What is Physical Security?
Cybersecurity, an Internet Age concern, is now emphasized over traditional physical security. This, however, is a big mistake because the real world still poses just as much of a threat to your property as the cyber world. Physical security, or the protection of your assets from physical damage and in-person theft, therefore remains vitally important and this is reflected in its development into a $30 billion industry. The separation between physical and cyber defense has been narrowing, though, with the development of the Internet of Things (IOT) and advanced artificial intelligence (AI). As a result, physical and IT security are becoming much more integrated.
Importance of Physical Security
Physical security is primarily dedicated to protecting your property from people, those working within your organization and those from outside it. Security teams endeavor to keep your buildings safe from the outside public, your sensitive work areas free of third party workers and your own employees out of areas they don’t belong in. This is done through prevention and rapid detection and response to threats. These security measures are important because attackers could damage assets, steal essential equipment like servers, access sensitive information, or even sabotage your critical equipment with malware. A notable case in Chicago, where a colocation site was burglarized four times in just two years, only highlights the real world threats firms face today.
Physical Security Methods
Two primary means of physically securing an area are surveillance and controlled access. Surveillance entails monitoring areas with guard patrols, CCTV systems and movement/sound sensors. Quite complex sensors, like infrared, pressure and temperature variation detectors, can be used for high-risk areas. Access control starts with basic things like good fences, strong building walls and secure doors and windows. Barbed wire, patrolling guards and warning signs further dissuade opportunists from attempting a break-in. With this said, the CEO of security consulting firm TrustedSec David Kennedy cautions businesses not to put all their security at the front door, leaving the rest of their facility vulnerable to attack. He notes that many firms completely ignore other access points, allowing them to go unmonitored and unprotected. Kennedy also thinks it’s important to realize that security is only as good as your employees’ ability to recognize and handle threats. Therefore, he advises that employees be trained to be skeptical and to always follow proper procedures.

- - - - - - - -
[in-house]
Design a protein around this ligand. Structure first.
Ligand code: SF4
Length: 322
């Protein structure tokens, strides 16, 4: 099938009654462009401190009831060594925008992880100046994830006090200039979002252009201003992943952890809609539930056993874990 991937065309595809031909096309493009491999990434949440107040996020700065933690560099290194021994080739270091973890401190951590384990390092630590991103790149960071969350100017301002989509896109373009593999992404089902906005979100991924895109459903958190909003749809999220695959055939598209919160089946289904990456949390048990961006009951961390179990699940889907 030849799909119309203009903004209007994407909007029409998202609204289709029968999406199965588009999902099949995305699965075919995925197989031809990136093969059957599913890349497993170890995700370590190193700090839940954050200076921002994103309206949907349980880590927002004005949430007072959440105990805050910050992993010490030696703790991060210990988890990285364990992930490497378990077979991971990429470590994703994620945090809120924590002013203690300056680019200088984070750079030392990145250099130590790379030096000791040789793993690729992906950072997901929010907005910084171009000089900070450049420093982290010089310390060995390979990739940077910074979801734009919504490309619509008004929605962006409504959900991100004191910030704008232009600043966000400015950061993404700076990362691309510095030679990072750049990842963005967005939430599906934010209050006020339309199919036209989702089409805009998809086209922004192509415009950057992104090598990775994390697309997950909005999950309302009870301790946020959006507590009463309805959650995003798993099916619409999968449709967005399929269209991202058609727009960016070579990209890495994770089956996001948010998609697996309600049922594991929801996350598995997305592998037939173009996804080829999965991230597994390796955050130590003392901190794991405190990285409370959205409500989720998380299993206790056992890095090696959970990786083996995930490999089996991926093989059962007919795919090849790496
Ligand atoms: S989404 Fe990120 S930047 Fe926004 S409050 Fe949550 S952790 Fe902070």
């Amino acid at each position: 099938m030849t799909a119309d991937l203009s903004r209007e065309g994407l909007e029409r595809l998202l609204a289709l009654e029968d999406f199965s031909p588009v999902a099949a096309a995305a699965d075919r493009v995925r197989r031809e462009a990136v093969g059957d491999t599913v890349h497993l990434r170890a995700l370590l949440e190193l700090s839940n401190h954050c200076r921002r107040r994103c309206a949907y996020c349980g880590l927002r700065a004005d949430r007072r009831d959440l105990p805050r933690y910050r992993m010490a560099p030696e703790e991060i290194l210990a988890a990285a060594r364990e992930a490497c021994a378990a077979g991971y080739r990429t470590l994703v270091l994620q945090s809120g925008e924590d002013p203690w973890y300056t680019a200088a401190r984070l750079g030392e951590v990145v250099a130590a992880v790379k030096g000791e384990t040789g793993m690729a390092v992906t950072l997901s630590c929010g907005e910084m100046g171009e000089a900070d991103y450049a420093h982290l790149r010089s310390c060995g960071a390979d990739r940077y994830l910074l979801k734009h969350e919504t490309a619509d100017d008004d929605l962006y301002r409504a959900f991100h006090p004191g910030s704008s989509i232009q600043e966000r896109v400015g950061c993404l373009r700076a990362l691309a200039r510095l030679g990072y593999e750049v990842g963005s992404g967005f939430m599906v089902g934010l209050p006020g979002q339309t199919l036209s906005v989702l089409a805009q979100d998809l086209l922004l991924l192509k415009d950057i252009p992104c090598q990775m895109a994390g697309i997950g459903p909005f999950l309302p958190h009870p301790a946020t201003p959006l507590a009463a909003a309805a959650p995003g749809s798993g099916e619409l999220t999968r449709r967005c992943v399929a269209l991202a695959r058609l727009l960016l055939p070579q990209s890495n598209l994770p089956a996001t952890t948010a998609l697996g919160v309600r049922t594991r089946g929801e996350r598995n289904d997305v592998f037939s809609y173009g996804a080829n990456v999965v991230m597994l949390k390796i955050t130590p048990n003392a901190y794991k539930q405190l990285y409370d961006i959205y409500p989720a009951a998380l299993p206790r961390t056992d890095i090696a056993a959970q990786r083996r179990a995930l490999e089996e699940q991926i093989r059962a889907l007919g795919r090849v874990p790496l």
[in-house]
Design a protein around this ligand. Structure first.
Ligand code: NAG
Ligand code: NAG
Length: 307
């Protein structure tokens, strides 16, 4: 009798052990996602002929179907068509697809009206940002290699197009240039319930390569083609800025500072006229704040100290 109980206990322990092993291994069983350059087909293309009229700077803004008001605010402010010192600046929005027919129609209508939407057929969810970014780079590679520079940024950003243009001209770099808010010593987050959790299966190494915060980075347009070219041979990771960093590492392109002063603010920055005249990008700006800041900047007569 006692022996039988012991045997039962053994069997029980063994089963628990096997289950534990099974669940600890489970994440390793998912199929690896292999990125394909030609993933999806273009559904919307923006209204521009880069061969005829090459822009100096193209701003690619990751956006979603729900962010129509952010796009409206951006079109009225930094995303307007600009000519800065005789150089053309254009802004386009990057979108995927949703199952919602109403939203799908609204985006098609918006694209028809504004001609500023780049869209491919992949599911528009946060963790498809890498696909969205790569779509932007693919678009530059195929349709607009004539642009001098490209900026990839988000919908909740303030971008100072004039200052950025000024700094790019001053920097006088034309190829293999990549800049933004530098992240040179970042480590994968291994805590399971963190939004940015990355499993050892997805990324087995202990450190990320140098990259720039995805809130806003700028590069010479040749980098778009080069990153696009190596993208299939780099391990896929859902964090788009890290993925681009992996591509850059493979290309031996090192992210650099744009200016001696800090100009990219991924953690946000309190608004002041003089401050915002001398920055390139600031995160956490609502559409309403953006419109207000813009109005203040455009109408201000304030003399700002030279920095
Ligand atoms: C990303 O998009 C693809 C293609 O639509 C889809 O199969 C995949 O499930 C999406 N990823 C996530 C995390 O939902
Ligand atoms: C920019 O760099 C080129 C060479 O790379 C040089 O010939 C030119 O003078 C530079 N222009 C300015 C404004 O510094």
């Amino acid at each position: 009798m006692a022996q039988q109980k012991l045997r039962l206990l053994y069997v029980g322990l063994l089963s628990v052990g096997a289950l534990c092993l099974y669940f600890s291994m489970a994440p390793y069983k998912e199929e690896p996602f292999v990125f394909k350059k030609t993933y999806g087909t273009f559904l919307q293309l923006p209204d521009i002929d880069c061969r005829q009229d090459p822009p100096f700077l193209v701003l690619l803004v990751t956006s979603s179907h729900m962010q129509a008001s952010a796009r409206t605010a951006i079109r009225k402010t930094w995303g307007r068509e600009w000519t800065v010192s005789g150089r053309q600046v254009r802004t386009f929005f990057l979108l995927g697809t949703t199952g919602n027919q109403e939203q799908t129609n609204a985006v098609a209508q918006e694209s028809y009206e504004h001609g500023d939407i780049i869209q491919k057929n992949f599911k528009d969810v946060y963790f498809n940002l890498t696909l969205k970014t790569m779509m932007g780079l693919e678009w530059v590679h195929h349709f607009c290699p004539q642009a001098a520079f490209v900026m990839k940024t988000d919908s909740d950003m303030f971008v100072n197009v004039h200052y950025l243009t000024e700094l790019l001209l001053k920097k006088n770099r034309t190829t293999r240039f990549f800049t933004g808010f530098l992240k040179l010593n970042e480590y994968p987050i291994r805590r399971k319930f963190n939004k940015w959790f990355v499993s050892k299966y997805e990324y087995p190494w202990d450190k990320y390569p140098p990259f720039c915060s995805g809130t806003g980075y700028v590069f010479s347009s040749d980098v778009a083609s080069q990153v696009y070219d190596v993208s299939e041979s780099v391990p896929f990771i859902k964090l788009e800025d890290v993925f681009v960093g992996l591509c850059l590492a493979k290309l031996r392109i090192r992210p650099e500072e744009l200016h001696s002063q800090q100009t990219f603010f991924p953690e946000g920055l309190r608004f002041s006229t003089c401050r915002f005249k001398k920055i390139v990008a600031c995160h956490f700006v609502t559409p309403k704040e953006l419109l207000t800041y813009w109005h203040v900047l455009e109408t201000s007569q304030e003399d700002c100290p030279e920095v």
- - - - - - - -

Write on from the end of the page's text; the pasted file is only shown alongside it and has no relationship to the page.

There are numerous complex ways to control access, but nearly all of them can be overcome. ID cards are easily stolen or counterfeited and while radio frequency identification (RFID) and near-field communication (NFC) technology can make them harder to duplicate, even they aren’t a great security option. As Kennedy cautions, “RFID badges are easily cloneable.” He suggests using a RFID card with a magnetic strip, that has to be swiped, and a pin number to strengthen access security. While biometrics, using facial, fingerprint, iris, or pulse recognition technology, are becoming a popular way to secure entry points, Kennedy warns against using them too. Facial recognition can be overcome with sophisticated masks, fake fingers can fool readers and iris readers can be tricked using a photo and a contact lens.
AI and IOT Link Physical Security with Cybersecurity
Increasingly, physical security is becoming part of digital security. Many surveillance systems are now connected to the internet. Logs are also often digitally maintained. Drones are increasingly used to patrol facilities and security firms are looking to fully automate such surveillance in the future. Additionally, Kennedy notes primary security concerns have now shifted away from mere physical asset/location protection to information security. He also asserts that AI logic is being employed more in threat detection.
IT and Physical Security Teams Must Work Together
New internet-connected security devices have many potential backdoors increasing a business’ vulnerability to hackers. As Kennedy explains, this makes it even more important that IT and physical security teams work together to uncover and solve these issues. This necessity has led some companies to create security operation centers (SOCs) that address both digital and physical security threats. However, security expert Steve Kenny of Axis Communications asserts that the main trend today is a centralization of control in a few efficient control centers.
Sam leads our team of advice columnists and is responsible for providing our readers with sound advice on matters concerning security, especially online.